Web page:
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A title like Amansa tiafi (Public Toilet Africa) promises an irreverent ride. And Ghanaian writer-director Kofi Ofosu-Yeboah does not fail to deliver. His debut feature paints a national portrait that is at once a biting satire and a love letter to his home country.
His protagonists, Ama and Sadiq, are descendants of Bonnie and Clyde. Or, more accurately, of Anta and Mory, the couple in Djibril Diop Mambéty’s revolutionary Touki Bouki (1973).
The beautiful and enigmatic Ama returns to Ghana after an absence and, after acquiring a gun and enlisting her old flame Sadiq, departs on a road trip to settle old scores. Along the way, they encounter crooked politicians, corrupt courts of law, shady art dealers, and the lingering residues of colonialism.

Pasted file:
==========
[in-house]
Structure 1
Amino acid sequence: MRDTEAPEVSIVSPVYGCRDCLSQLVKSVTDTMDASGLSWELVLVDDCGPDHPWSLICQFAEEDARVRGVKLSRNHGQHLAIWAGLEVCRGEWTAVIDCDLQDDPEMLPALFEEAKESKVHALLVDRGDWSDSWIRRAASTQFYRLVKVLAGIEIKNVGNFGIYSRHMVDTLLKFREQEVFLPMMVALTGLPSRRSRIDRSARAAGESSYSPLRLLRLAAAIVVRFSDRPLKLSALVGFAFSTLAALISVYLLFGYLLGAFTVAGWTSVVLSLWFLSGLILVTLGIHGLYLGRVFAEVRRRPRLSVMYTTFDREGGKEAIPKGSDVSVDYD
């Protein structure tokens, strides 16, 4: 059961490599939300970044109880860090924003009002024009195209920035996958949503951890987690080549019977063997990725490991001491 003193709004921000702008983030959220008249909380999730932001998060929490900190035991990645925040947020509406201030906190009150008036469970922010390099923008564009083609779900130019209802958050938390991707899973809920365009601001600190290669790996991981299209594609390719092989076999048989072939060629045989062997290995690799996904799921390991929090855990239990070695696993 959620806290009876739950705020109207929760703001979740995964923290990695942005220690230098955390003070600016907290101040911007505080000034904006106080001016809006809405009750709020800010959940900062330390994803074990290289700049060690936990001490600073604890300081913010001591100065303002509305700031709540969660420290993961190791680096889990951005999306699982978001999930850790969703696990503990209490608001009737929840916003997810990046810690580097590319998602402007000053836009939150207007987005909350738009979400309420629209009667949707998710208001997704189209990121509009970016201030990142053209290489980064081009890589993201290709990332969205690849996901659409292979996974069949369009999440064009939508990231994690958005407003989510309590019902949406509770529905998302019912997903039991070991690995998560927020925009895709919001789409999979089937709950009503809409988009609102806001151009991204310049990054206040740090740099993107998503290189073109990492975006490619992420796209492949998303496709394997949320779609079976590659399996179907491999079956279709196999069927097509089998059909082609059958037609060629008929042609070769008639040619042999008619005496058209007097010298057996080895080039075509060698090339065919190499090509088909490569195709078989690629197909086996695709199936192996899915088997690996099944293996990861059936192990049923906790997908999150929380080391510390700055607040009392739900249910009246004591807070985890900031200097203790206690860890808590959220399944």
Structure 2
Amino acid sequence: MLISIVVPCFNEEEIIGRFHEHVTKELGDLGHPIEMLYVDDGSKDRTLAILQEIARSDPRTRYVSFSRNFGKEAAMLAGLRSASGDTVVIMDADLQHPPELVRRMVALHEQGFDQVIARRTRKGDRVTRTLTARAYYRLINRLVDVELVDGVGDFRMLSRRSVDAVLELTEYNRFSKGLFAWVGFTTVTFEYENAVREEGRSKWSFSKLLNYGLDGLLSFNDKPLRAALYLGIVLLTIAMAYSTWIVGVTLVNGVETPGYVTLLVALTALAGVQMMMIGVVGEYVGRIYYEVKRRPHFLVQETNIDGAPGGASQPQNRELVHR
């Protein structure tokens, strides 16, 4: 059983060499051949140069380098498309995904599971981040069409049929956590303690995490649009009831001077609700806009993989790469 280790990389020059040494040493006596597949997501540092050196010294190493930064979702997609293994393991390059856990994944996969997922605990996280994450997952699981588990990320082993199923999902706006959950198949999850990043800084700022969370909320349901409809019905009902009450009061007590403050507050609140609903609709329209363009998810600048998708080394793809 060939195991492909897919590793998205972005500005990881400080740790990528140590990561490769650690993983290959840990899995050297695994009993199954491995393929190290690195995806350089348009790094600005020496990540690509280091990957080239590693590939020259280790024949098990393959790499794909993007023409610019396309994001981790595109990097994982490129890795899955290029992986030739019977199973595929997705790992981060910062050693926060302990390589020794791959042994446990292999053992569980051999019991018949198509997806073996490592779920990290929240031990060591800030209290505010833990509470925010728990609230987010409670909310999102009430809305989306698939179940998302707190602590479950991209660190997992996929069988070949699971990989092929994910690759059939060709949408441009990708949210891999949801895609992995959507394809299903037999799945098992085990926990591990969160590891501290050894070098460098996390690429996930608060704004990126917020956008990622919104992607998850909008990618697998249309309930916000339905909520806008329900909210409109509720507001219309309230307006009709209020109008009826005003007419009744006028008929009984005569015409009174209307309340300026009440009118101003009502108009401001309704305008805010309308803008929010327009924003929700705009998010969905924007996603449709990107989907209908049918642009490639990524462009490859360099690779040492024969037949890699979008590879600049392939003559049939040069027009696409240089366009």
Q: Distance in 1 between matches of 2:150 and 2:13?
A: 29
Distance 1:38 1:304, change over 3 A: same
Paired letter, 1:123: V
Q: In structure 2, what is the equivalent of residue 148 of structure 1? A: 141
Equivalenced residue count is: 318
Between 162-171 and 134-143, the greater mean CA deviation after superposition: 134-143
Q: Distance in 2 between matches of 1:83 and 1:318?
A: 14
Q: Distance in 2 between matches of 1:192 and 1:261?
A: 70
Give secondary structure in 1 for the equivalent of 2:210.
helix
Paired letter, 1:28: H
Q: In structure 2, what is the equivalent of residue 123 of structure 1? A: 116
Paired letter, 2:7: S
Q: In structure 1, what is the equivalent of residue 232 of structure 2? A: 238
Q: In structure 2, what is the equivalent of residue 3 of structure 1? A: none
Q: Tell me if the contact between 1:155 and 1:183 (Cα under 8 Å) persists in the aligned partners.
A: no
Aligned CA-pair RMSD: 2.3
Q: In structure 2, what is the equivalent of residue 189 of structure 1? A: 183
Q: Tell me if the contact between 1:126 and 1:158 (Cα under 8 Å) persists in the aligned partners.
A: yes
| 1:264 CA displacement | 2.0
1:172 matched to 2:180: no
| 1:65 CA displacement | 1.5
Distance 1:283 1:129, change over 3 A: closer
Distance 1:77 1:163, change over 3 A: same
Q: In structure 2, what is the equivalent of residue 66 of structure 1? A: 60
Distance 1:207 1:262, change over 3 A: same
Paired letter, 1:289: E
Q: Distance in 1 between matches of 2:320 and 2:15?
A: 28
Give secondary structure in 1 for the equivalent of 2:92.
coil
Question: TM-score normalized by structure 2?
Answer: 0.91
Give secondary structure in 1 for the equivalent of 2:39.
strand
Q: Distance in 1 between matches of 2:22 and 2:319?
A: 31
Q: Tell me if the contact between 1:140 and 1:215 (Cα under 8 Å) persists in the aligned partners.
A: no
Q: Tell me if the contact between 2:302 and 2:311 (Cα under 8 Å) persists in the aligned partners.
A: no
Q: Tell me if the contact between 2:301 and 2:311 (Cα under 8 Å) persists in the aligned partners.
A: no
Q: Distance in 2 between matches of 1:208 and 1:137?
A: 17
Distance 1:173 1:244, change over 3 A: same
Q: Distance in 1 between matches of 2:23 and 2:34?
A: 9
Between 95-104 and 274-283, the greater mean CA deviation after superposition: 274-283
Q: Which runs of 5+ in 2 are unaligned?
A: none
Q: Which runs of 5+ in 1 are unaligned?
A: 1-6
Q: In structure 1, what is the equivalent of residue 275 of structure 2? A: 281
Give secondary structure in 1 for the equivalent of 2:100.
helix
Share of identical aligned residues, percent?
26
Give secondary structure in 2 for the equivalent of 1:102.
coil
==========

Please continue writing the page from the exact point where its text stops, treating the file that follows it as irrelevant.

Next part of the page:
Time and again, the narrative shifts to Atta and Kwaku, two older men on a separate journey who, like a pair of Shakespearean clowns, are always hopelessly drunk and engaged in hilarious bickering.
Portrayed with confident and playful stylishness, these parallel peregrinations take us through a succession of breath-taking panoramas, while an omniscient voice-over offers sarcastic commentary on the plot’s wild goings-on. Without ever trivializing the difficult realities at hand, the world presented here is a far cry from the Africa we’ve come to expect at film festivals.